The Estonian Government
22 January 2013
The current Estonian Government is a majority government and the coalition consists of two political parties: the Reform Party (R) and Pro Patria and Res Publica Union (PPRP).
The current Government was formed after the regular parliamentary elections on 6 March 2011. President Toomas Hendrik Ilves nominated Mr Andrus Ansip, chairman of the Reform Party (which had won the elections), to be the prime minister. Mr Ansip then formed the coalition government. The Reform Party (R) has seven and the Pro Patria and Res Publica Union (PPRP) has six ministers in the Government.
|Prime Minister||Mr Andrus Ansip||R|
|Minister of Foreign Affairs||Mr Urmas Paet||R|
|Minister of Defence||Mr Urmas Reinsalu
|Minister of Internal Affairs||Mr Ken-Marti Vaher||PPRP|
|Minister of Economic Affairs and Communications||Mr Juhan Parts||PPRP|
|Minister of Finance||Mr Jürgen Ligi||R|
|Minister of Social Affairs||Mr Taavi Rõivas
|Minister of Justice||Mr Hanno Pevkur
|Minister of Education and Research||Mr Jaak Aaviksoo||PPRP|
|Minister of Environment||Ms Keit Pentus||R|
|Minister of Culture||Mr Rein Lang||R|
|Minister of Agriculture||Mr Helir-Valdor Seeder||PPRP|
|Minister of Regional Affairs||Mr Siim-Valmar Kiisler||PPRP|
The executive power of the state – the Government – is accountable to the Riigikogu (Parliament). Appointment to the office of the Prime Minister and withdrawal of the Government lies within the competence of the Parliament. The Government also enjoys a stabilising guarantee – the right to dismiss the Riigikogu with the consent of the President and call new elections if the Riigikogu expresses no confidence in the Government.
The Government (cabinet) consists of the Prime Minister and Ministers.
The Constitution defines the areas of responsibility of the Government as the following:
- implementation of domestic and foreign policies;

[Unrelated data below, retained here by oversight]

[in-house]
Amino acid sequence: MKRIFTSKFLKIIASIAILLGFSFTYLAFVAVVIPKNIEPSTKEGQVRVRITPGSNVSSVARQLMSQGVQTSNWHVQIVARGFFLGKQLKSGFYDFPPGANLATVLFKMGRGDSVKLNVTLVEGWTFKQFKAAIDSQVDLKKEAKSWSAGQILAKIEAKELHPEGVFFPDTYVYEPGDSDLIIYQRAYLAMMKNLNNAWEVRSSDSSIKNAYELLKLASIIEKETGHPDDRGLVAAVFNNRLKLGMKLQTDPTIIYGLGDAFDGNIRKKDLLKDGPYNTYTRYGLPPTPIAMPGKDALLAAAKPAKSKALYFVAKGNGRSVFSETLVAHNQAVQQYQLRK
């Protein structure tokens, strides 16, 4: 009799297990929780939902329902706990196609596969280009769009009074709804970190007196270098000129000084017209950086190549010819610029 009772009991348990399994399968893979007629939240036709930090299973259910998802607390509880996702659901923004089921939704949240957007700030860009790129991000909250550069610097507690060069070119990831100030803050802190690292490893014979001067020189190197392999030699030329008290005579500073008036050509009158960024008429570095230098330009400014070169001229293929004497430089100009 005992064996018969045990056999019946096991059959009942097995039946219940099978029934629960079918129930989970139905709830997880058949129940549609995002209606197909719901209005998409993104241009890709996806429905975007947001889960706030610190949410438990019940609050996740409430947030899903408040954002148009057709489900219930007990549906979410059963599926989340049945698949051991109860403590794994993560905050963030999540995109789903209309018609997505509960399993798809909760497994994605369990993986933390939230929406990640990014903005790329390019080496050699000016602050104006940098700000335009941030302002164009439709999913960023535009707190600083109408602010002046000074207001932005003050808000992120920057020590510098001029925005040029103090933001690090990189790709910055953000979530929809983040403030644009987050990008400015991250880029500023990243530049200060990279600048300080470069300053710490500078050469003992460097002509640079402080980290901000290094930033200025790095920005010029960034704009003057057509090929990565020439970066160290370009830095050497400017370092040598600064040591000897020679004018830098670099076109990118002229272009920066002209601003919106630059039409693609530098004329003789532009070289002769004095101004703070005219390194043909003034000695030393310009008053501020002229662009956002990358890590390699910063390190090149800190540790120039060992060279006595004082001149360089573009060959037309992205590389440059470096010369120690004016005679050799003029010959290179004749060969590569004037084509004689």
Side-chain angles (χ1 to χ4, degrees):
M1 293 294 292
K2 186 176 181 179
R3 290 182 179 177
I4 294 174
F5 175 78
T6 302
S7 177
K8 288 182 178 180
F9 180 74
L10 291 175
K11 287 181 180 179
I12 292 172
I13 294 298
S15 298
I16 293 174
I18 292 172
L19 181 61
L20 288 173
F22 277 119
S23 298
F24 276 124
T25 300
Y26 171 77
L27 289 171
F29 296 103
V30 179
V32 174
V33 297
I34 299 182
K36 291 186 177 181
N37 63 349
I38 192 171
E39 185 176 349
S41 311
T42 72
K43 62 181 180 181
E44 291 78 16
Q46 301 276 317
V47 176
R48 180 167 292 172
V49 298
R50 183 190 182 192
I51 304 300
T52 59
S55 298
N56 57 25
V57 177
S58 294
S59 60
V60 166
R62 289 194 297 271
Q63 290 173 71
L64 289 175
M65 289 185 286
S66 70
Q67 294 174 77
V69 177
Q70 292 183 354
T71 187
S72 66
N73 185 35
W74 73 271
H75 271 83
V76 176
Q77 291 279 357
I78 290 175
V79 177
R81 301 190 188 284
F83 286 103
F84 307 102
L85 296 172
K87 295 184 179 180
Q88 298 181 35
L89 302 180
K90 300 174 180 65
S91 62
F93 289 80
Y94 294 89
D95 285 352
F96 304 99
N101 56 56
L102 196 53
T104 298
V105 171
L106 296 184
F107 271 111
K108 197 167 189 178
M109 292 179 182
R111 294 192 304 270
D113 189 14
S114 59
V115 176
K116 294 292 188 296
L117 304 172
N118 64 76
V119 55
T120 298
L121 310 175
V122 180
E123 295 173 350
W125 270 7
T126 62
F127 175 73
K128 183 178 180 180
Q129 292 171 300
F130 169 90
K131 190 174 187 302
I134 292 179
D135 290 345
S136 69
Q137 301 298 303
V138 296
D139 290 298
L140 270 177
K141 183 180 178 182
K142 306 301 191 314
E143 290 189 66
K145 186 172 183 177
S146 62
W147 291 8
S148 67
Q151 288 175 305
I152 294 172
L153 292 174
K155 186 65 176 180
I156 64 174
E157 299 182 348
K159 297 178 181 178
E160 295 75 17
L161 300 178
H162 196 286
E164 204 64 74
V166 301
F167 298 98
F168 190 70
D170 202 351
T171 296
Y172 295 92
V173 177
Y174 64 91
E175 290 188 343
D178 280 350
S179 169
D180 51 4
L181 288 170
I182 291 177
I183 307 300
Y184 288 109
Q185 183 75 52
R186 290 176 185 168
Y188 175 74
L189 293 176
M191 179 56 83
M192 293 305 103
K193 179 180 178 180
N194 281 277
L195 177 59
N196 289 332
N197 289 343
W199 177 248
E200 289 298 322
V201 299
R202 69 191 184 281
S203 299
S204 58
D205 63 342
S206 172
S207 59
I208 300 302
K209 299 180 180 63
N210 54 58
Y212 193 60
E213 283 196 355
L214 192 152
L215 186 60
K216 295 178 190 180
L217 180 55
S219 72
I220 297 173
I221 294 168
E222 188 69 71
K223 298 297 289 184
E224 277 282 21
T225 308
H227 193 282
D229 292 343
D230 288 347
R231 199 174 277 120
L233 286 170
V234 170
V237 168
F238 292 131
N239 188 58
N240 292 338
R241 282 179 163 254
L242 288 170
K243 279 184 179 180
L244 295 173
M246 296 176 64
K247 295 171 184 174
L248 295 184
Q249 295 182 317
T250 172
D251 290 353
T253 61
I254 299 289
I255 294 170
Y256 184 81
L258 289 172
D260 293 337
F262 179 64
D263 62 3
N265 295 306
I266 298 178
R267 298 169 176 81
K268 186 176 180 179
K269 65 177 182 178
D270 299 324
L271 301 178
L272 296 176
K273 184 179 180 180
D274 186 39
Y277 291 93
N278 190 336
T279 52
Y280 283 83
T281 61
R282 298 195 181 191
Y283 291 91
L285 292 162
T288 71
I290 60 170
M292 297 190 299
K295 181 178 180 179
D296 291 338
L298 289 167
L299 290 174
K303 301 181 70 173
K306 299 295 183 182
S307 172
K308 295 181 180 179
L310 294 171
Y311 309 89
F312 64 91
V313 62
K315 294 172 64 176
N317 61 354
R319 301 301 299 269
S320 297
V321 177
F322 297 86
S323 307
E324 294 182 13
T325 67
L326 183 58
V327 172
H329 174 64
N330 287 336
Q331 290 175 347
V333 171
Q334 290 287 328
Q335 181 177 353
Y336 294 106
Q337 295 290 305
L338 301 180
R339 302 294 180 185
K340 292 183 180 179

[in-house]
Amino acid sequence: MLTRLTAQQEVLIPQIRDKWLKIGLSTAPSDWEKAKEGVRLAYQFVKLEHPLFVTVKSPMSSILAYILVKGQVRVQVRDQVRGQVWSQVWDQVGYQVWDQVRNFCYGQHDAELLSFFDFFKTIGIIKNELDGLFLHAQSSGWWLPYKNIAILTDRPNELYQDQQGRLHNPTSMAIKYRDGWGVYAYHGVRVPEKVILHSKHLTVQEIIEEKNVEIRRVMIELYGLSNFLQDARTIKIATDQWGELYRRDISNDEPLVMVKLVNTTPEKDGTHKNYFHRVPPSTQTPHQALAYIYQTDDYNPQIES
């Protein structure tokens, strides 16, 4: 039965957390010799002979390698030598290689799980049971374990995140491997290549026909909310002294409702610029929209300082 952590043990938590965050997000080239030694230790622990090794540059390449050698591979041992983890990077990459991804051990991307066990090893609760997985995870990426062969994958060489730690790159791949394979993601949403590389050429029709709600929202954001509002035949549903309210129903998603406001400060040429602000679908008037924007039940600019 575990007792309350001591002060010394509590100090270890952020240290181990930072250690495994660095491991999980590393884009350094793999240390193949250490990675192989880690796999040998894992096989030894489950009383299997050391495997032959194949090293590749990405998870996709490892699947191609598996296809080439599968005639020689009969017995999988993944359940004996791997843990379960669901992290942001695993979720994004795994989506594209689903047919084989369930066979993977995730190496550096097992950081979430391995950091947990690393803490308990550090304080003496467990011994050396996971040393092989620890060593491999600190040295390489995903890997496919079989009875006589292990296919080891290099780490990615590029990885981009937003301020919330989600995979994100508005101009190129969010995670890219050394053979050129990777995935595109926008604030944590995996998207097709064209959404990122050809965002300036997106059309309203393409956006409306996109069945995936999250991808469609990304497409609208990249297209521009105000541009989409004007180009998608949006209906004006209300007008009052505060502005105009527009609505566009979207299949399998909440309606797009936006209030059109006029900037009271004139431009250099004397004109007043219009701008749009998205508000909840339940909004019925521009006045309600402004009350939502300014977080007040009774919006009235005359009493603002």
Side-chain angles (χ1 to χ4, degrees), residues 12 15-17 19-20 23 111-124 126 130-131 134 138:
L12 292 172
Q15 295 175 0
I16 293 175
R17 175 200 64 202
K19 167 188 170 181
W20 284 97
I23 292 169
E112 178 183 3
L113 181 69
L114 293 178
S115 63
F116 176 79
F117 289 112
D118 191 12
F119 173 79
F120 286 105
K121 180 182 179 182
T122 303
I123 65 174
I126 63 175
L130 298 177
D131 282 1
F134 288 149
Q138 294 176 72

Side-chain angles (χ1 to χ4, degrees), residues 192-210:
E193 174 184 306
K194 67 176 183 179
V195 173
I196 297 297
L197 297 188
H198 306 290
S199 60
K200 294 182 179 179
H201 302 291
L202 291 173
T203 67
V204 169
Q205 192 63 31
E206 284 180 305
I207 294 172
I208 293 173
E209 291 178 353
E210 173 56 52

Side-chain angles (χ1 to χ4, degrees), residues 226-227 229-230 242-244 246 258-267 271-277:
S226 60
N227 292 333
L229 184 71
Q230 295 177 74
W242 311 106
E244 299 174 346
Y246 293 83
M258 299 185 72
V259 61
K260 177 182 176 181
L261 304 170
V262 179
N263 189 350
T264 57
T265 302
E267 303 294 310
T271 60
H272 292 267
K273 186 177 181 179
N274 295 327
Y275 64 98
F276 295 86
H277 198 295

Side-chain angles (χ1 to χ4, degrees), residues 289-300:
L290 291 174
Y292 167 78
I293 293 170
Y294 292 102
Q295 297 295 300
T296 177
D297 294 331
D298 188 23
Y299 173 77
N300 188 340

- direction and co-ordination of the work of government institutions;
- organisation and implementation legislation, the resolutions of the Riigikogu and edicts of the President;
- submitting of bills and international treaties to the Riigikogu;
- preparation of drafts of the state budget;
- implementation of, and reporting on, the budget;
- management of relations with foreign states.
How the government is appointed
The President nominates the Prime Minister who then forms a Government. If the President's candidate(s) fail(s) to form a Government (the Constitution permits the President two nominations), the Riigikogu will name a Prime Minister to form a government.
The Prime Minister alone nominates the ministers, who are formally appointed by the President and swear an oath before the Riigikogu.
Government members do not need to be members of the Riigikogu or have any political party affiliation. However, the selection of the Prime Minister, the formation of a working Government, and the success of a legislative programme depend on co-operation with Parliament.
A Government can resign due to any of three reasons: the death or resignation of the Prime Minister, a vote of no-confidence in the Government by the Riigikogu, or the election of a new parliament.
After the re-establishment of independence, national elections have been held on 20 September 1992, 5 March 1995, 7 March 1999, 2 March 2003, 4 March 2007, and on 6 March 2011. The next regular elections will take place in 2015.